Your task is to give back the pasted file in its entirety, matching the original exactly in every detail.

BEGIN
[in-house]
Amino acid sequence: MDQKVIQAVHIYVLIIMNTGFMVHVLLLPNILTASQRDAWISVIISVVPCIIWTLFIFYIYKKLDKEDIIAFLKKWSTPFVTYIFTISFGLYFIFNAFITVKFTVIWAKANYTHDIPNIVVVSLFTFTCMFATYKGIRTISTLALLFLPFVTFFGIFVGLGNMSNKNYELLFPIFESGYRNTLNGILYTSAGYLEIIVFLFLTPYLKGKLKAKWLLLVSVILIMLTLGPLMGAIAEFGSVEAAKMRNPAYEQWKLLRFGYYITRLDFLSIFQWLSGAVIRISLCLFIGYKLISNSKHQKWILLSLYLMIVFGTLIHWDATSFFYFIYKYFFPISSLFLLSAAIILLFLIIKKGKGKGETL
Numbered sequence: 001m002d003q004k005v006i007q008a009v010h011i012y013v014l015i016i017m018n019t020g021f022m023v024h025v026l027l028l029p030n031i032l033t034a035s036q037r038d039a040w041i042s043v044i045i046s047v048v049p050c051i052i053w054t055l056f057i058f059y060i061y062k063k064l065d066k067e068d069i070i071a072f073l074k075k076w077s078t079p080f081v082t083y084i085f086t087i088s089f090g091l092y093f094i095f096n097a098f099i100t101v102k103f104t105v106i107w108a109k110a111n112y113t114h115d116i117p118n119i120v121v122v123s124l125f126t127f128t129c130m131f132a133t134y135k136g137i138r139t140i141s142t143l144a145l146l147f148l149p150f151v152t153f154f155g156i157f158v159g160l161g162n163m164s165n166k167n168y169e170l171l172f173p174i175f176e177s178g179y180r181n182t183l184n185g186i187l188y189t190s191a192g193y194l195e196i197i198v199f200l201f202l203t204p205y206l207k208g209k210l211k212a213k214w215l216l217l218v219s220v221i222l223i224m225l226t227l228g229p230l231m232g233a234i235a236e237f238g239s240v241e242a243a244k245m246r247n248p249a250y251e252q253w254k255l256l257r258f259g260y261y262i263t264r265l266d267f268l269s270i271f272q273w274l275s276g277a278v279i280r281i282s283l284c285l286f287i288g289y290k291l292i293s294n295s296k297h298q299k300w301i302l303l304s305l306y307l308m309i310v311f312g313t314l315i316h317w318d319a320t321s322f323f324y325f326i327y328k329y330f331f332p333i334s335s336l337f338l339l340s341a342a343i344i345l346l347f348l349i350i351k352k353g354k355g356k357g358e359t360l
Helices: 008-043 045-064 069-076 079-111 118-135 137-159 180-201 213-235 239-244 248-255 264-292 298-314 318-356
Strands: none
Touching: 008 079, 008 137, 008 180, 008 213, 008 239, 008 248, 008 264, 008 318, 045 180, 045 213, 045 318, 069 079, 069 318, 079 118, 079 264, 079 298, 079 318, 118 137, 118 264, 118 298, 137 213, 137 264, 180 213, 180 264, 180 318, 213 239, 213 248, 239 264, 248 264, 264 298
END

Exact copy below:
[in-house]
Amino acid sequence: MDQKVIQAVHIYVLIIMNTGFMVHVLLLPNILTASQRDAWISVIISVVPCIIWTLFIFYIYKKLDKEDIIAFLKKWSTPFVTYIFTISFGLYFIFNAFITVKFTVIWAKANYTHDIPNIVVVSLFTFTCMFATYKGIRTISTLALLFLPFVTFFGIFVGLGNMSNKNYELLFPIFESGYRNTLNGILYTSAGYLEIIVFLFLTPYLKGKLKAKWLLLVSVILIMLTLGPLMGAIAEFGSVEAAKMRNPAYEQWKLLRFGYYITRLDFLSIFQWLSGAVIRISLCLFIGYKLISNSKHQKWILLSLYLMIVFGTLIHWDATSFFYFIYKYFFPISSLFLLSAAIILLFLIIKKGKGKGETL
Numbered sequence: 001m002d003q004k005v006i007q008a009v010h011i012y013v014l015i016i017m018n019t020g021f022m023v024h025v026l027l028l029p030n031i032l033t034a035s036q037r038d039a040w041i042s043v044i045i046s047v048v049p050c051i052i053w054t055l056f057i058f059y060i061y062k063k064l065d066k067e068d069i070i071a072f073l074k075k076w077s078t079p080f081v082t083y084i085f086t087i088s089f090g091l092y093f094i095f096n097a098f099i100t101v102k103f104t105v106i107w108a109k110a111n112y113t114h115d116i117p118n119i120v121v122v123s124l125f126t127f128t129c130m131f132a133t134y135k136g137i138r139t140i141s142t143l144a145l146l147f148l149p150f151v152t153f154f155g156i157f158v159g160l161g162n163m164s165n166k167n168y169e170l171l172f173p174i175f176e177s178g179y180r181n182t183l184n185g186i187l188y189t190s191a192g193y194l195e196i197i198v199f200l201f202l203t204p205y206l207k208g209k210l211k212a213k214w215l216l217l218v219s220v221i222l223i224m225l226t227l228g229p230l231m232g233a234i235a236e237f238g239s240v241e242a243a244k245m246r247n248p249a250y251e252q253w254k255l256l257r258f259g260y261y262i263t264r265l266d267f268l269s270i271f272q273w274l275s276g277a278v279i280r281i282s283l284c285l286f287i288g289y290k291l292i293s294n295s296k297h298q299k300w301i302l303l304s305l306y307l308m309i310v311f312g313t314l315i316h317w318d319a320t321s322f323f324y325f326i327y328k329y330f331f332p333i334s335s336l337f338l339l340s341a342a343i344i345l346l347f348l349i350i351k352k353g354k355g356k357g358e359t360l
Helices: 008-043 045-064 069-076 079-111 118-135 137-159 180-201 213-235 239-244 248-255 264-292 298-314 318-356
Strands: none
Touching: 008 079, 008 137, 008 180, 008 213, 008 239, 008 248, 008 264, 008 318, 045 180, 045 213, 045 318, 069 079, 069 318, 079 118, 079 264, 079 298, 079 318, 118 137, 118 264, 118 298, 137 213, 137 264, 180 213, 180 264, 180 318, 213 239, 213 248, 239 264, 248 264, 264 298